Geographic markets in hospital mergers: a case study
AbstractIn three recent hospital merger cases, the courts concluded that the merged hospital would be unable to increase price profitably because of competition from distant hospitals. In reaching this conclusion, the courts found the following: hospitals earn high margins on the last patients that they serve; given these high margins, a small price increase would be unprofitable if even a relatively small percentage of patients switched to other hospitals; many of the merging hospitals' patients live in 'contestable' zip codes, where a large percentage of patients already use other hospitals; a price increase at the merging hospitals would prompt a large number of these patients to switch to other hospitals; and this amount of switching would make the price increase unprofitable. This article argues that the courts in these cases erred in accepting the defendants' argument that switching by patients living in 'contestable' zip codes would make a price increase at the merging hospitals unprofitable. Specifically, this article examines the behavior of patients following a merger similar to those analyzed by these courts and finds that a large price increase prompted little switching by patients living in 'contestable' zip codes.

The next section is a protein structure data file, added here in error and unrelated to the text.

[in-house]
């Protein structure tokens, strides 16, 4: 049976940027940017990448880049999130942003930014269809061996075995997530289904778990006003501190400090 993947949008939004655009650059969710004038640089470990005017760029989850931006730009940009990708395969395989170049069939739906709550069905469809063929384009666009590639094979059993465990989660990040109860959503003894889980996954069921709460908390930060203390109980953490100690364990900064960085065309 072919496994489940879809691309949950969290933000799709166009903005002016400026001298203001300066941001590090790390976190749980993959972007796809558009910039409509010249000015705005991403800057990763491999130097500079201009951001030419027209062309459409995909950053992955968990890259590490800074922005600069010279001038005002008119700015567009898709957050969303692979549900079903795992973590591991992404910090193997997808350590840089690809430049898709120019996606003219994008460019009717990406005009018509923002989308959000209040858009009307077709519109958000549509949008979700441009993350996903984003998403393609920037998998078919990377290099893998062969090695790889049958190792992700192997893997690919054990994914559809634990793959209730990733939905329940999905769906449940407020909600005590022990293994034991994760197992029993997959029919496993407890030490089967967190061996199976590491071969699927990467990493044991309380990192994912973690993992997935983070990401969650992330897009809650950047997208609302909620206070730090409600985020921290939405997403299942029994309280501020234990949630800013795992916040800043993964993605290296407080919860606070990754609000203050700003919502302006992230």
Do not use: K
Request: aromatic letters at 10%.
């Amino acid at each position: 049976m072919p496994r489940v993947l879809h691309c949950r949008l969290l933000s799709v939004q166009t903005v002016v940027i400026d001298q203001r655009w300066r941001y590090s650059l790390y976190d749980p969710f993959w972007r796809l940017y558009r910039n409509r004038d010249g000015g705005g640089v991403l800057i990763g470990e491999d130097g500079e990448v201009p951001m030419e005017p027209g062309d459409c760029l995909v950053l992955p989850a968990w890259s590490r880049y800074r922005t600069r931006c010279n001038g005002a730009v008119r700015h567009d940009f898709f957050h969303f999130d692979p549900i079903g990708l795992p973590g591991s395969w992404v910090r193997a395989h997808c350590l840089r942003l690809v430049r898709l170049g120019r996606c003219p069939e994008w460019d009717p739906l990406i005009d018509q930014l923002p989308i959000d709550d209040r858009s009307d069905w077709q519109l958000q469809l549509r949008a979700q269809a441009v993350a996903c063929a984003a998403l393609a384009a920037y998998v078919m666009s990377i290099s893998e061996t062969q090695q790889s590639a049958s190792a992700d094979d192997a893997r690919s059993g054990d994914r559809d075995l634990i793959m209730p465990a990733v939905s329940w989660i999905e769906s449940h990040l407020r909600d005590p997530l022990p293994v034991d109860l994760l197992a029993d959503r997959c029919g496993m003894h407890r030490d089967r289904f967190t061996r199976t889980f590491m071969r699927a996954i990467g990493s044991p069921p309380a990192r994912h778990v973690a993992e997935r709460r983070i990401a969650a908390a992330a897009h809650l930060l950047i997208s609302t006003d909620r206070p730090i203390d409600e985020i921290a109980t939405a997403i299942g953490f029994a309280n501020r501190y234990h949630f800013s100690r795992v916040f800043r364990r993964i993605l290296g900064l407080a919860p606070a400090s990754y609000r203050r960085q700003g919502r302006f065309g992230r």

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Bibliographic InfoArticle provided by Taylor & Francis Journals in its journal International Journal of the Economics of Business.
Volume (Year): 10 (2003)
Issue (Month): 3 ()
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